Prasangika

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The Prasangika (Skt. Prāsaṅgika; Tib. ཐལ་འགྱུར་པ་, Wyl. thal 'gyur) or 'Consequence' tradition is a subdivision of the Madhyamika school of philosophy. A defining feature of this approach is its use of consequentialist arguments (Skt. prasaṅga) to establish the ultimate truth of emptiness beyond all conceptual elaboration. This approach was first explicitly formulated by the Indian scholar Buddhapalita and later elaborated upon and defended by Chandrakirti.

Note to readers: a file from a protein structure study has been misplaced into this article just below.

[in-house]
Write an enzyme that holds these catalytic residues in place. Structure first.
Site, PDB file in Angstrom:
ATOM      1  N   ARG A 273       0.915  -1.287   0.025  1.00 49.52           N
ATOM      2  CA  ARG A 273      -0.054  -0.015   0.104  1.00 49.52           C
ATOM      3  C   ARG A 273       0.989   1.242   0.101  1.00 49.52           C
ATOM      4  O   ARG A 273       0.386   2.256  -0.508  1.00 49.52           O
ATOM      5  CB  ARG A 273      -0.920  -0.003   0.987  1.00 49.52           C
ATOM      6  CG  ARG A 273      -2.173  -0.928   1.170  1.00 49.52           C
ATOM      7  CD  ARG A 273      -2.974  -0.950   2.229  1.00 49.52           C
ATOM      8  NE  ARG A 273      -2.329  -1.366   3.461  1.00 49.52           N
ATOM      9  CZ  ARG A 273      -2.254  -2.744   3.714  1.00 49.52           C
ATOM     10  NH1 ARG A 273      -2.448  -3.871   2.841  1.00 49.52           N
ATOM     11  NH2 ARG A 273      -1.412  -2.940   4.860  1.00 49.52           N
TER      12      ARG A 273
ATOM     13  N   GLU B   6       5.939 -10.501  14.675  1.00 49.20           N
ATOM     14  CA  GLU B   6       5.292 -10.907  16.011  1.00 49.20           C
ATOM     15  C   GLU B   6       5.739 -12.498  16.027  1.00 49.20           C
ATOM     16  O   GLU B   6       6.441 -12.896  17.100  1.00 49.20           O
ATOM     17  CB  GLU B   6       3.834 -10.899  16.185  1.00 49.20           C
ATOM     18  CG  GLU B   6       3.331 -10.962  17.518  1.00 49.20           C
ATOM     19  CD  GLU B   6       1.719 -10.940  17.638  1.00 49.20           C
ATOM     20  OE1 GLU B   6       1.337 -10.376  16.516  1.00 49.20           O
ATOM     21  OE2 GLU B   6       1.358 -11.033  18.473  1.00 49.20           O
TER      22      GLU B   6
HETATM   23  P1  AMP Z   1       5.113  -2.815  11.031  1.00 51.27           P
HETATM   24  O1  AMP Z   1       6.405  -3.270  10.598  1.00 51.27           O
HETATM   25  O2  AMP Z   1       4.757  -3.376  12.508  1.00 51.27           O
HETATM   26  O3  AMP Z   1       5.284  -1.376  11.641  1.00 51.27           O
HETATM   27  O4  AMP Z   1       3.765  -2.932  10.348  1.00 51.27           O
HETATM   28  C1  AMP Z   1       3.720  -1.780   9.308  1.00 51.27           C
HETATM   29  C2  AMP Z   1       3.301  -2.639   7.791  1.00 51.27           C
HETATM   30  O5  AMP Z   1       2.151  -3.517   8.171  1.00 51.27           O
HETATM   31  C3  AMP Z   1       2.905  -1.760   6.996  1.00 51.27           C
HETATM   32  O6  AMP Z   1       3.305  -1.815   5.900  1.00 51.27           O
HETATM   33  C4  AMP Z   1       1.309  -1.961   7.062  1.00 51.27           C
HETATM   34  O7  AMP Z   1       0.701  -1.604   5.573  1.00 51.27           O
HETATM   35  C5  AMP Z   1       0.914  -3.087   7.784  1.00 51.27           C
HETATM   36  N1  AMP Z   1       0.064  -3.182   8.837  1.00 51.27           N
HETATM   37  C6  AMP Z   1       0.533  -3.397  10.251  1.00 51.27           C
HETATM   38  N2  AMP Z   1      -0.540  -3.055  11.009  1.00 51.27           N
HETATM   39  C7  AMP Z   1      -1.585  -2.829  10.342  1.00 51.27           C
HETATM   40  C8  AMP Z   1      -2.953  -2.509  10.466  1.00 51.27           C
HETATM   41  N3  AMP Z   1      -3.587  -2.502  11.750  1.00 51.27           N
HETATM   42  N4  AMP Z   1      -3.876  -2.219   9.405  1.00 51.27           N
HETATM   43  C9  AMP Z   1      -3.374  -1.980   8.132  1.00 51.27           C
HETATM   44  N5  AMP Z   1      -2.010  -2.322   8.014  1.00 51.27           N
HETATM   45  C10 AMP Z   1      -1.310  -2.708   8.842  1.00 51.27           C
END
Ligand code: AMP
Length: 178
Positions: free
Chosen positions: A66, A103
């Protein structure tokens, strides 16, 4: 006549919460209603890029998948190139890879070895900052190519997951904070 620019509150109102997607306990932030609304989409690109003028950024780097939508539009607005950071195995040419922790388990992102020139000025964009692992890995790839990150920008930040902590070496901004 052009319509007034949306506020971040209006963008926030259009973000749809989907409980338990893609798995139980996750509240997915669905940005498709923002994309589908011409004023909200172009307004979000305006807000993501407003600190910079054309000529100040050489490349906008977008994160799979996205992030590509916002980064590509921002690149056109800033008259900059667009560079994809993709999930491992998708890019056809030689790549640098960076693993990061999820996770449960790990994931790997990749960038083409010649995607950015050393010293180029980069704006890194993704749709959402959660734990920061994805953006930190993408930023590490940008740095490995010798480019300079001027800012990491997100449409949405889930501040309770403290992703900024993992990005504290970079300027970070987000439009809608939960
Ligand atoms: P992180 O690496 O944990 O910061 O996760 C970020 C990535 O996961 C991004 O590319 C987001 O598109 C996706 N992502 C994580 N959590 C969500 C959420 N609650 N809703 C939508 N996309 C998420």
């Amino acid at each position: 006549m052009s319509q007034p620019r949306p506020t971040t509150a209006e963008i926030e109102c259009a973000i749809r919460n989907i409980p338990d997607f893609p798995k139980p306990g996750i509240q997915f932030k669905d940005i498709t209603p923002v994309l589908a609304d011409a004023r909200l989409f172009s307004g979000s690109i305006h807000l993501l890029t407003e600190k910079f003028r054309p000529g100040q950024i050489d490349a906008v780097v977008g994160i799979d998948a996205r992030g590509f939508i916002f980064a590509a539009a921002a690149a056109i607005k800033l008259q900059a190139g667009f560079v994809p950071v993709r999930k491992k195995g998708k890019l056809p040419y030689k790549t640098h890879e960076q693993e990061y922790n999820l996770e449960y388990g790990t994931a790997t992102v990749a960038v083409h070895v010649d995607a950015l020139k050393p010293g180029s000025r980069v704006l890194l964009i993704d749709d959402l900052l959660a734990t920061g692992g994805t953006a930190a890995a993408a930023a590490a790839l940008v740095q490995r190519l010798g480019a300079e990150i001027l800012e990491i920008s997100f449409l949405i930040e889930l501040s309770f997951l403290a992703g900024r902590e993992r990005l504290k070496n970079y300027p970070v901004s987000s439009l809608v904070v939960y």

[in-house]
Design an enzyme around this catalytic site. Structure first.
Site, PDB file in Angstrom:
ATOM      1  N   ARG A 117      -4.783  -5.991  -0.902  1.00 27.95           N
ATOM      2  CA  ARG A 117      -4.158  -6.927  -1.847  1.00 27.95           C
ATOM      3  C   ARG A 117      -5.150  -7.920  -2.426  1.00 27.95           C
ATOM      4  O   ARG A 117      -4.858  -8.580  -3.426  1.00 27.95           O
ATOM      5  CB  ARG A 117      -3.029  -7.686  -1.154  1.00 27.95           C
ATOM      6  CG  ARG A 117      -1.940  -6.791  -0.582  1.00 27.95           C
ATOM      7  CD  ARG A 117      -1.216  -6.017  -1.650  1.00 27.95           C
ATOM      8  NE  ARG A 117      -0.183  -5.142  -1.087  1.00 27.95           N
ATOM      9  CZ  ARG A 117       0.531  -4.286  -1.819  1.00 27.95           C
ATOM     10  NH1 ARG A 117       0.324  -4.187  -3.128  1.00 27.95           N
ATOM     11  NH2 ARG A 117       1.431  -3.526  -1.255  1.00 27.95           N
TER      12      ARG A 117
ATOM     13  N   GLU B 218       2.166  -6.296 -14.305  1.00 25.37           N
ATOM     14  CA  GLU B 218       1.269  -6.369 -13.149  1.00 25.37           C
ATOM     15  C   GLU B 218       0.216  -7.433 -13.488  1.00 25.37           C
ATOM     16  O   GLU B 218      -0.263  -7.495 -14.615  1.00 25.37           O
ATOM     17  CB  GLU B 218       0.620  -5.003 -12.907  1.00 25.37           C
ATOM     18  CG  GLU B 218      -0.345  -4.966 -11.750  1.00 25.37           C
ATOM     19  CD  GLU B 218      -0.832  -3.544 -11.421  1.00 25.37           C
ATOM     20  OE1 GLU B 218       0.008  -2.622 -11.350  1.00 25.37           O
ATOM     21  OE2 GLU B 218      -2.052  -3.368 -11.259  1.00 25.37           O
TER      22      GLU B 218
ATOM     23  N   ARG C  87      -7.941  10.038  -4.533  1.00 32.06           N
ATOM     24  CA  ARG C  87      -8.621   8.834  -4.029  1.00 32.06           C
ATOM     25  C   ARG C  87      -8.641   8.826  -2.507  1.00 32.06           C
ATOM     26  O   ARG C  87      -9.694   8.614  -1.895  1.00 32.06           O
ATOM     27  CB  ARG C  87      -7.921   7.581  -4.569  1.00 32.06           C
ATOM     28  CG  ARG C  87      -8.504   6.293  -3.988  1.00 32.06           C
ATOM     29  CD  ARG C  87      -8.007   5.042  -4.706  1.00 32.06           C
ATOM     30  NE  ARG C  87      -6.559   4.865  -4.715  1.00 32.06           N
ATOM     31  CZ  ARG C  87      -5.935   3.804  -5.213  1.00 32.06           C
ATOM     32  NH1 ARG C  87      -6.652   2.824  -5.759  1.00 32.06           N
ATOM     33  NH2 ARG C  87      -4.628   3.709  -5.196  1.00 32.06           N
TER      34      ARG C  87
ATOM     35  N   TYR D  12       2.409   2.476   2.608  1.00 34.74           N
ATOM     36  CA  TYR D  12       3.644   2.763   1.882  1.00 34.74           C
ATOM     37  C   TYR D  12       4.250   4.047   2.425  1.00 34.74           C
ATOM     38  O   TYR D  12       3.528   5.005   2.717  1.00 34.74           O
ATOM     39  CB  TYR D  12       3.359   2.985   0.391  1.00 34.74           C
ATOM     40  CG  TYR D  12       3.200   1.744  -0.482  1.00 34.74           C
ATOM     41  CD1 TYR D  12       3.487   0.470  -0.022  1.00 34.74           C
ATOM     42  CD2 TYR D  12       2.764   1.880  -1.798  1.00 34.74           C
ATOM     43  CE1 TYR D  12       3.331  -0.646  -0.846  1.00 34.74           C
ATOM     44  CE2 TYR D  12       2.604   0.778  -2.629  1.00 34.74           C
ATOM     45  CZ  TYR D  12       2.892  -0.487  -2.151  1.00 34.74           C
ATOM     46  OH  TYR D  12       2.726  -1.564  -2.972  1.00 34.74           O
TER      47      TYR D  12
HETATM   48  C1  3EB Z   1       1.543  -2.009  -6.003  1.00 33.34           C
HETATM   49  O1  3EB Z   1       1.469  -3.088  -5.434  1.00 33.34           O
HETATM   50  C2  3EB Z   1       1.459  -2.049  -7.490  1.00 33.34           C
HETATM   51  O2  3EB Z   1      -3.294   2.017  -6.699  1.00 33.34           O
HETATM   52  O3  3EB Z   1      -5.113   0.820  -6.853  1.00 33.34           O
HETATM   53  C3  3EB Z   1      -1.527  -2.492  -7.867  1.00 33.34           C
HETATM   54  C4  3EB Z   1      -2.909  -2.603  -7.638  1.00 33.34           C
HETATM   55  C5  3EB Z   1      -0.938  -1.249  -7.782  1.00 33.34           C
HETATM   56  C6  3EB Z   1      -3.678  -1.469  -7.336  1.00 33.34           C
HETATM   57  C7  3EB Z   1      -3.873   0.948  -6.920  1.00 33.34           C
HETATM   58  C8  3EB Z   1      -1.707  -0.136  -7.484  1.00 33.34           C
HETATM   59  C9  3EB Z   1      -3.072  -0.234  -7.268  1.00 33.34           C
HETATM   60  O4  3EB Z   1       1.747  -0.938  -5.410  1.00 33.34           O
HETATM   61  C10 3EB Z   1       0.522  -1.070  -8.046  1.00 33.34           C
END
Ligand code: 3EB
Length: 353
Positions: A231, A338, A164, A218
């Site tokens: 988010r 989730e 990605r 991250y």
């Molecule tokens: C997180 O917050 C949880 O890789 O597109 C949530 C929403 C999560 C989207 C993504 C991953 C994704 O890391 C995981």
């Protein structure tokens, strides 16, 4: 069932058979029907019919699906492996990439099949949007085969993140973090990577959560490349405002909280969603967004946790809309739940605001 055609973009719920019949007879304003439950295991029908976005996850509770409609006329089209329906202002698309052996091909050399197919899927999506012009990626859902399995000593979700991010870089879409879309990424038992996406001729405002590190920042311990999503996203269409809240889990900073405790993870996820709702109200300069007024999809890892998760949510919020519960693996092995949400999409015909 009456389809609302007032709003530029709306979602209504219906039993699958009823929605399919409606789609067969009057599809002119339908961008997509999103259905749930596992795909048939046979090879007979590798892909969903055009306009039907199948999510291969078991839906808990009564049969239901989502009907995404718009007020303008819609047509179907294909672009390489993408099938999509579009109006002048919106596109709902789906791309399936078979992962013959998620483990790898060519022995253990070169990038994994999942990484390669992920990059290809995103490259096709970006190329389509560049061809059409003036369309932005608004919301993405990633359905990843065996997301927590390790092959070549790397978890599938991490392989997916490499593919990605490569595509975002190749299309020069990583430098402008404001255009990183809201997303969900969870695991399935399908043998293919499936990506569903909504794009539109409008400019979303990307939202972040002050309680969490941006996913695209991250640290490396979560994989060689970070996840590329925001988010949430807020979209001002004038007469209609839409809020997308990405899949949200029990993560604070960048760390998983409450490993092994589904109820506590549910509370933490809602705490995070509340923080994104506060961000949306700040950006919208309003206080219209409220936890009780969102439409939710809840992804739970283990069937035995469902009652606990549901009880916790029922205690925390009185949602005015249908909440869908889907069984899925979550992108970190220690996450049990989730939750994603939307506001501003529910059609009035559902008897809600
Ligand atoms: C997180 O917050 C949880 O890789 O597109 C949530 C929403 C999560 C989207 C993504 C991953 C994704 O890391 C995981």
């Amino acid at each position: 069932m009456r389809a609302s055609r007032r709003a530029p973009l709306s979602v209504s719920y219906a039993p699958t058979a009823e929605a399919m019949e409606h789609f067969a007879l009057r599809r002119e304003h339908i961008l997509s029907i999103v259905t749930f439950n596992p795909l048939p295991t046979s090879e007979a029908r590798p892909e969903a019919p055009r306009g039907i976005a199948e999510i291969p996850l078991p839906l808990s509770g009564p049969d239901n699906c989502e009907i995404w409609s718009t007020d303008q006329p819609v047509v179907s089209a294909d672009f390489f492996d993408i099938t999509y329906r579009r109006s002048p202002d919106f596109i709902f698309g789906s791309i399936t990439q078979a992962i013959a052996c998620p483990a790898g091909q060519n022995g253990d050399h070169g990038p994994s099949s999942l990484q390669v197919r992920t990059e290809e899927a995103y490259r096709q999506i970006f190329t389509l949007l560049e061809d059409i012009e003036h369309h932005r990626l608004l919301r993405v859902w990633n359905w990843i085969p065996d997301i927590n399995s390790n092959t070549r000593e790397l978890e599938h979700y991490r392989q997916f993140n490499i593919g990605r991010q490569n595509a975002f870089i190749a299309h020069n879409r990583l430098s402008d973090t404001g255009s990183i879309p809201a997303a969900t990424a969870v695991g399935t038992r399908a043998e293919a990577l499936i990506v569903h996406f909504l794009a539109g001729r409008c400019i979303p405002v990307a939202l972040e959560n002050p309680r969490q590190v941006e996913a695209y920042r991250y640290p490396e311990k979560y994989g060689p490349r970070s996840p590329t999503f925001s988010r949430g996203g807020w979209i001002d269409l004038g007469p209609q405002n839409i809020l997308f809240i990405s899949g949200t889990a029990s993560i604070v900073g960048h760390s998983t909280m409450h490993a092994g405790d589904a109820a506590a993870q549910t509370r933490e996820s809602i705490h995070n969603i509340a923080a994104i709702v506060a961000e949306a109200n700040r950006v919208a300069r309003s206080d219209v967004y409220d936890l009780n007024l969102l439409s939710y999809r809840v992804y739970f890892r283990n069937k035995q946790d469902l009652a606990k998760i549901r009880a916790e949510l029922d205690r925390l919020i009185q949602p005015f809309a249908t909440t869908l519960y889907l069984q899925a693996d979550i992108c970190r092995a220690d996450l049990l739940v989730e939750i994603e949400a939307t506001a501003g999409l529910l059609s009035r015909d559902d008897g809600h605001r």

Definition

In the Nyingma tradition of Mipham Rinpoche the Prasangika are defined as "followers of the Madhyamika who teach by emphasizing the uncategorized absolute that is free from all assertions".[1]

Notes

  1. dbu ma pa gang zhig rnam grangs ma yin pa'i don dam khas len kun bral rtsal du bton nas 'chad pa

Further Reading

  • The Svatantrika-Prasangika Distinction—what difference does a difference make?, edited by Georges B.J. Dreyfus and Sara L. McClintock (Boston: Wisdom Publications, 2005).

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